Research paper topics, free example research papers
You are welcome to search thousands of free research papers and essays. Search for your research paper topic now!
Research paper topic: America Land Of The Free And Home Of The Brave The Utopian Society Which Every European Citizen Desired To Be A Part Of In Th - 3033 words
NOTE: The research paper or essay you see on this page is a free essay, available to anyone. You can use any paper as a sample on how to write research papers or as a source of information. We strongly discourage you to directly copy/paste any essay and turn it in for credit. If your school uses any plagiarism detecting software, you might be caught and accused of plagiarism. If you need a custom term paper, research paper or essay, written from scratch exclusively for you, please, use our paid research papers writing service!
America.. land of the free and home of the brave; the utopian society which every European citizen desired to be a part of in the 18th and 19th centuries. The revolutionary ideas of The Age of Enlightenment such as democracy and universal male suffrage were finally becoming a reality to the philosophers and scholars that so elegantly dreamt of them. America was a playground for the ideas of these enlightened men. To Europeans, and the world for that matter, America had become a kind of mirage, an idealistic version of society, a place of open opportunities.
Where else on earth could a man like J. D. Rockefeller rise from the streets to one of the richest men of his time? America stood for ideals like life, liberty, and the pursuit of happiness. People in America had an almost unconditional freedom: freedom to worship, write, speak, and live in any manner that so pleased them. But was this freedom for everyone? Was America, the utopia for the millions of common men from around world, as great as the philosophers and scholars fantasized? America, as a society, as a country, and as a leader was not as picture perfect as Europeans believed.
The United States, under all the gold plating, carried a burden of unsolved national problems, especially racial. The deep scar of slavery had left a dent in the seemingly impenetrable armor of the country. From the times of early colonization to the late 19th century, Africans had been brought over by the thousands in overcrowded and unsanitary slave ships and sold like cattle to the highest bidder, an inhumane and despicable act that America, land of the free and home of the brave, allowed to happen. Why? Slavery is what the plantation society of the South thrived on. The Souths entire economic system was built upon the shoulders of the African slave.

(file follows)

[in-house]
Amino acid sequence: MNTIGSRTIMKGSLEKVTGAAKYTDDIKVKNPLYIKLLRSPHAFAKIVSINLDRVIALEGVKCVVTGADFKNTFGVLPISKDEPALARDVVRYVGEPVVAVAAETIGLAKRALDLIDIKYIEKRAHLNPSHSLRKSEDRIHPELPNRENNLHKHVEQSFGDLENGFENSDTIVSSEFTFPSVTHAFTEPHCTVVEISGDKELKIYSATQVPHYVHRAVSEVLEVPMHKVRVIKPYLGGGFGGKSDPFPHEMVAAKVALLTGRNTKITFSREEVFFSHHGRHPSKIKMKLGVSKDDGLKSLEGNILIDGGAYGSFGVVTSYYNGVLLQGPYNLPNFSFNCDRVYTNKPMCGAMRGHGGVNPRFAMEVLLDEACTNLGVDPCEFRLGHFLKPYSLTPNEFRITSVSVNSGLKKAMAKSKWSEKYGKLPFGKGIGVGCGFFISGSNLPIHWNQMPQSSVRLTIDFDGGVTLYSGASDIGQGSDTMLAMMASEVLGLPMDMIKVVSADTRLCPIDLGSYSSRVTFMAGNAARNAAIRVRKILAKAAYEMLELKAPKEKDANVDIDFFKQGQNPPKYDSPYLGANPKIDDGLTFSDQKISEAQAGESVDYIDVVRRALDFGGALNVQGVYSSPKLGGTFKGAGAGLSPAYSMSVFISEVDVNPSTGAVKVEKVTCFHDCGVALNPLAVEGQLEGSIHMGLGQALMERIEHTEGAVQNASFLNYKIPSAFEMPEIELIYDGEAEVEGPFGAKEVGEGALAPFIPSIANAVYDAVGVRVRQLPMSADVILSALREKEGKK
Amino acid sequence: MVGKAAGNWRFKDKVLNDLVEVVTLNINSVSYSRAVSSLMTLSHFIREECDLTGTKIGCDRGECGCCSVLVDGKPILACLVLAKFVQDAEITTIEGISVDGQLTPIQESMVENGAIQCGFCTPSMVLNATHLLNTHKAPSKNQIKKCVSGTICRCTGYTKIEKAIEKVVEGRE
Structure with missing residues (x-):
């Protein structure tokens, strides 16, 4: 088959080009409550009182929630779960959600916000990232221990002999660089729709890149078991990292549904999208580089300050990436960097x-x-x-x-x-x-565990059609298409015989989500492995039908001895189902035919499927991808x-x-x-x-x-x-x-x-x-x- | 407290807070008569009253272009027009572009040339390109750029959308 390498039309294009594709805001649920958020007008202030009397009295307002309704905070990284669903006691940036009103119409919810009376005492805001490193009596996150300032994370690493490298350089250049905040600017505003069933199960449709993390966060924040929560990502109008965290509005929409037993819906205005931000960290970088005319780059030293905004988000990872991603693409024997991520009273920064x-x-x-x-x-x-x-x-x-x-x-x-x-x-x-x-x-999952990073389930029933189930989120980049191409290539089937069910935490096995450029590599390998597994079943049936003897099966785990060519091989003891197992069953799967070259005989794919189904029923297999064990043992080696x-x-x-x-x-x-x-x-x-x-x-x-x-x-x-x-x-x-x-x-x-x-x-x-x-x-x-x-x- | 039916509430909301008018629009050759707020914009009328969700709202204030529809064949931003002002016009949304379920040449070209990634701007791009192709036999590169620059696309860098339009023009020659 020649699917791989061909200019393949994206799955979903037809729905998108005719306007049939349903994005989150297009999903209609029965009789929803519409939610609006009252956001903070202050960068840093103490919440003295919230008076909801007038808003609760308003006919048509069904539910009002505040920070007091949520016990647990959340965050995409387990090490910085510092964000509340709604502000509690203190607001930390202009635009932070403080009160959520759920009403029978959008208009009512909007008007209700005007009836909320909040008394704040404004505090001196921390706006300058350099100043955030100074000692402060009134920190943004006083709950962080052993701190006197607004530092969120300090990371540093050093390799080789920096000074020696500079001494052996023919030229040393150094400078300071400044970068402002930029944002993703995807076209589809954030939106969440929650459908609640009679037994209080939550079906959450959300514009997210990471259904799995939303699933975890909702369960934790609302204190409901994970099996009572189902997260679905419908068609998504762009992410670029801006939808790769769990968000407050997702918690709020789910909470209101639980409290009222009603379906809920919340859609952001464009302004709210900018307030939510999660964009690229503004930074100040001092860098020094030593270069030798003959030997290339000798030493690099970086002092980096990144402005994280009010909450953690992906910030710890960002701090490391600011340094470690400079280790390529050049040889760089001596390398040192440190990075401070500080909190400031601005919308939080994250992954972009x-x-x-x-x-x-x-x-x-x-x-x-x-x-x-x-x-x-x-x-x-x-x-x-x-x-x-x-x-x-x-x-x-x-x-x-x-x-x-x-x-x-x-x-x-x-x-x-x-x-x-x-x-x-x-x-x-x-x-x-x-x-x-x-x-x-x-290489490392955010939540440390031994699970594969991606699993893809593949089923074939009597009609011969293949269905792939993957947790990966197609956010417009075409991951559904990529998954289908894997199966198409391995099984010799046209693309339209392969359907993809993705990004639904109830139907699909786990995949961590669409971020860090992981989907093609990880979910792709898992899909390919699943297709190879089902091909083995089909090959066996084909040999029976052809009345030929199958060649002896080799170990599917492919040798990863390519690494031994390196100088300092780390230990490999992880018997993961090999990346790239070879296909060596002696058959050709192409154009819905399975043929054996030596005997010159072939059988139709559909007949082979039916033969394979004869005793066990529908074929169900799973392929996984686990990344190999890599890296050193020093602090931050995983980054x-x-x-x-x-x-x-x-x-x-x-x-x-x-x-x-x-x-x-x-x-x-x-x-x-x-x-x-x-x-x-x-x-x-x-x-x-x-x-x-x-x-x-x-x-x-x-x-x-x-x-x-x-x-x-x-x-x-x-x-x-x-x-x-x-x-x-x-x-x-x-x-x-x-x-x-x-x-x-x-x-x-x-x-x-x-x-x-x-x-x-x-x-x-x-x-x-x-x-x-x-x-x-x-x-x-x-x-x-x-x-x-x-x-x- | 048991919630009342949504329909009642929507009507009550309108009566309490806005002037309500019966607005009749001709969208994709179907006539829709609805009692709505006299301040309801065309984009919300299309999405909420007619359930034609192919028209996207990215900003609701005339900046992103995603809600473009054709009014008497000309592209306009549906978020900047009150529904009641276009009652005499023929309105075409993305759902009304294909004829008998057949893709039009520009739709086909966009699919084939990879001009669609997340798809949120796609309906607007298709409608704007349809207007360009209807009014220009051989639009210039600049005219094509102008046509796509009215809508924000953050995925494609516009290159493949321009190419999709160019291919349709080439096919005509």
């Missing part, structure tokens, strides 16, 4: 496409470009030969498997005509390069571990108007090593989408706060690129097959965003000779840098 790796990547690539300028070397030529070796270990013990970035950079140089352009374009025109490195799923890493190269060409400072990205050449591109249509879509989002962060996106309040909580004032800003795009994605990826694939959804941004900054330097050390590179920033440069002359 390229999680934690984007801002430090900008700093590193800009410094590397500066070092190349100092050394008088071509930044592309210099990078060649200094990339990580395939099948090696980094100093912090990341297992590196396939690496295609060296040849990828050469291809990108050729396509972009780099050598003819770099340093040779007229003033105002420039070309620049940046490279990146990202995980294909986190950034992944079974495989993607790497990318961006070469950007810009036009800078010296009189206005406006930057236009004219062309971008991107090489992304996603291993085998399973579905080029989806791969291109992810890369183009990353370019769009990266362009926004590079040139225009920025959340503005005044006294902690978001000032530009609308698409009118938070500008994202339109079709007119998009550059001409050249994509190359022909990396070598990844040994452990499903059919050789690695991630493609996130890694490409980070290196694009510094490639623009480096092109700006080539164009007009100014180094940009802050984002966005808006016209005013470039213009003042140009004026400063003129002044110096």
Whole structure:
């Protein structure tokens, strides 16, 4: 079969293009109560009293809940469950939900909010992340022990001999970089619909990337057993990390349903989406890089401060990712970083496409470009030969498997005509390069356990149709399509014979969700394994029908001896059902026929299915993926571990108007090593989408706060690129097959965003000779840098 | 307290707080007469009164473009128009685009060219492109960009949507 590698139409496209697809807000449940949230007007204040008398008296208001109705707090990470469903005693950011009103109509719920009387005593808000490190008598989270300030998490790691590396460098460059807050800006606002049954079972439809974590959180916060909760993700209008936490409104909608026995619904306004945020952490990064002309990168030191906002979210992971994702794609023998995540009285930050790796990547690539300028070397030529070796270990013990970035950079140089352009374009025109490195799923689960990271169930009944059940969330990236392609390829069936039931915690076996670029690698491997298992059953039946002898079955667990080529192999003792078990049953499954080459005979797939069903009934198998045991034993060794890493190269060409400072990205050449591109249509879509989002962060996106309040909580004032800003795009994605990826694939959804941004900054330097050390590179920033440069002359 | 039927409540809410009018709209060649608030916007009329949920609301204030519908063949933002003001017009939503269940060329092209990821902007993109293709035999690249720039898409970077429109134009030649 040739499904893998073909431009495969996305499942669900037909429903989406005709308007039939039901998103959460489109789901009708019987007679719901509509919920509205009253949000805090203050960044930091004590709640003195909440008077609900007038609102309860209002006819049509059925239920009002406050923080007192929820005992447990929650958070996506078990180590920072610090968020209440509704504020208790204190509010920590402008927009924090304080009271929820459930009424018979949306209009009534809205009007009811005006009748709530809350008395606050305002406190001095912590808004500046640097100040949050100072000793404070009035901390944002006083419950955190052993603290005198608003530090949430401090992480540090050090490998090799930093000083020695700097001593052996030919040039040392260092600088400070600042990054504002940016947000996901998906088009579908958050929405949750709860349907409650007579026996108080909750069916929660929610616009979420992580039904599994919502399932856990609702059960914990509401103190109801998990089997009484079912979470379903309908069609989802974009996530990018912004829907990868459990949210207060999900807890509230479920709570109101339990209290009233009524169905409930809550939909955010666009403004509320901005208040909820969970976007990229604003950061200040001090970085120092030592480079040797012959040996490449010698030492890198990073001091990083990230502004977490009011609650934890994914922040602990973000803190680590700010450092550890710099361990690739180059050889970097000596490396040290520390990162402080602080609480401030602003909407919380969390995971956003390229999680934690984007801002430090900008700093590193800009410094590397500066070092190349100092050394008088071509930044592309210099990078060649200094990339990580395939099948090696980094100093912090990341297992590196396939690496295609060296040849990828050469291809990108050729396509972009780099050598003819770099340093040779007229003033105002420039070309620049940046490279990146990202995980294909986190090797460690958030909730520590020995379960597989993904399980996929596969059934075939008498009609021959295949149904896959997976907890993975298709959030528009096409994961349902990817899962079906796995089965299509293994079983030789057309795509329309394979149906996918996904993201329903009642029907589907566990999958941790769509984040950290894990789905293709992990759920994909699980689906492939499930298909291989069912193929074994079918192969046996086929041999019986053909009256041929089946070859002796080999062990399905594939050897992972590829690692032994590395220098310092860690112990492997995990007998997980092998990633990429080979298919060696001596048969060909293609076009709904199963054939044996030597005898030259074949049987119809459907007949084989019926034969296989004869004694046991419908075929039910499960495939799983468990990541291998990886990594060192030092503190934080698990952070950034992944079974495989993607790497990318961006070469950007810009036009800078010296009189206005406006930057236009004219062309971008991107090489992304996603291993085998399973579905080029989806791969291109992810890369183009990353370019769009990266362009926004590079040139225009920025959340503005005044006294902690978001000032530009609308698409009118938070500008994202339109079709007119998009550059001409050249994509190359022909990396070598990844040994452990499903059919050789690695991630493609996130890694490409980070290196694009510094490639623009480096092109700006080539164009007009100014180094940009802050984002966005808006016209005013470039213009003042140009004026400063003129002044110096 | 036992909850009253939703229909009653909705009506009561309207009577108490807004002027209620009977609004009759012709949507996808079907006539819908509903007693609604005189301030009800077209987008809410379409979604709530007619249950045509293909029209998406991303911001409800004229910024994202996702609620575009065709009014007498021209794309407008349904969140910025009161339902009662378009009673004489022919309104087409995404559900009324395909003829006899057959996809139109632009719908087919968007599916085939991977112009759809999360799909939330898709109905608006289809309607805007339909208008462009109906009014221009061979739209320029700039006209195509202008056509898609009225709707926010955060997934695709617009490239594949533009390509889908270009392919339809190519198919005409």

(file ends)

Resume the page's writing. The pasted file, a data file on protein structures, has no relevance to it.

Too precious and dear to let go, the South held on to this institution until the Thirteenth Amendment was signed in by Lincoln in 1865. In this hypocritical society is where The Adventures of Huckleberry Finn finds itself. Mark Twains The Adventures of Huckleberry Finn is an epic story of the journey of a redneck boy and a runaway slave, escaping the grips of society in the hope of a chance at the freedom they long for so dearly. The novels author, Mark Twain, also grew up in this society. Samuel Clemens, Twains birth name, led a life that had a great influence on the works that he produced later in his life. Born in Florida, Missouri, Clemens childhood was filled with adventures much like those found in both The Adventures of Tom Sawyer and The Adventures of Huckleberry Finn.
Following his childhood experiences, Clemens worked on steamboats on the Mississippi River up until the river was closed during the Civil War. The war opened his eyes to the issue of slavery, which shows up in many of his works, including Huckleberry Finn. Huckleberry Finn takes place when slavery was very much a part of Southern culture and society, nearly thirty years prior to the Civil War. Since the institution of slavery was such a stronghold of Southern society during Huckleberry Finn, Hucks helping bring Jim to freedom makes him an outlaw. In James Wrights "The Adventures of Huckleberry Finn" published in Great Writers of the English Language: American Classics in 1991, Wright clarifies for the reader that "Huck in helping Jim, was not only going against the moral codes of the South, but was going against strict written law" (14). Since helping a runaway slave was written law, Hucks helping Jim signifies Huck making a conscience decision to rebel openly against society.